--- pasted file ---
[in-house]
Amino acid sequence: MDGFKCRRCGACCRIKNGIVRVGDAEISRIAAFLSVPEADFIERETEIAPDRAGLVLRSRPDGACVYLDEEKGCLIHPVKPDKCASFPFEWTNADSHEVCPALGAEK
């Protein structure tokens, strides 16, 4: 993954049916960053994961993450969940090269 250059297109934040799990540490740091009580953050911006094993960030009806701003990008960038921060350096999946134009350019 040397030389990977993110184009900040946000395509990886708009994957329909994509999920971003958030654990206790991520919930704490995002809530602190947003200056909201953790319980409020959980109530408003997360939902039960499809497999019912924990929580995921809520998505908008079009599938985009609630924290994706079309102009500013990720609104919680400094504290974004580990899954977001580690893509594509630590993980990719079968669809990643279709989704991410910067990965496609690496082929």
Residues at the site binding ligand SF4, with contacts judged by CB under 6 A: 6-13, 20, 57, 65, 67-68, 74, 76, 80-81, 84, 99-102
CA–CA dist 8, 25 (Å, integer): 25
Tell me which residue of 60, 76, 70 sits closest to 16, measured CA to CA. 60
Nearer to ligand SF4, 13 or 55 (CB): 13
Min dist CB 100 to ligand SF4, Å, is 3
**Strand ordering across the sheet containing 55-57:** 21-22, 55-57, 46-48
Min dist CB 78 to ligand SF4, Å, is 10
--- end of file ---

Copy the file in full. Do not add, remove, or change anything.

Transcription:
[in-house]
Amino acid sequence: MDGFKCRRCGACCRIKNGIVRVGDAEISRIAAFLSVPEADFIERETEIAPDRAGLVLRSRPDGACVYLDEEKGCLIHPVKPDKCASFPFEWTNADSHEVCPALGAEK
């Protein structure tokens, strides 16, 4: 993954049916960053994961993450969940090269 250059297109934040799990540490740091009580953050911006094993960030009806701003990008960038921060350096999946134009350019 040397030389990977993110184009900040946000395509990886708009994957329909994509999920971003958030654990206790991520919930704490995002809530602190947003200056909201953790319980409020959980109530408003997360939902039960499809497999019912924990929580995921809520998505908008079009599938985009609630924290994706079309102009500013990720609104919680400094504290974004580990899954977001580690893509594509630590993980990719079968669809990643279709989704991410910067990965496609690496082929």
Residues at the site binding ligand SF4, with contacts judged by CB under 6 A: 6-13, 20, 57, 65, 67-68, 74, 76, 80-81, 84, 99-102
CA–CA dist 8, 25 (Å, integer): 25
Tell me which residue of 60, 76, 70 sits closest to 16, measured CA to CA. 60
Nearer to ligand SF4, 13 or 55 (CB): 13
Min dist CB 100 to ligand SF4, Å, is 3
**Strand ordering across the sheet containing 55-57:** 21-22, 55-57, 46-48
Min dist CB 78 to ligand SF4, Å, is 10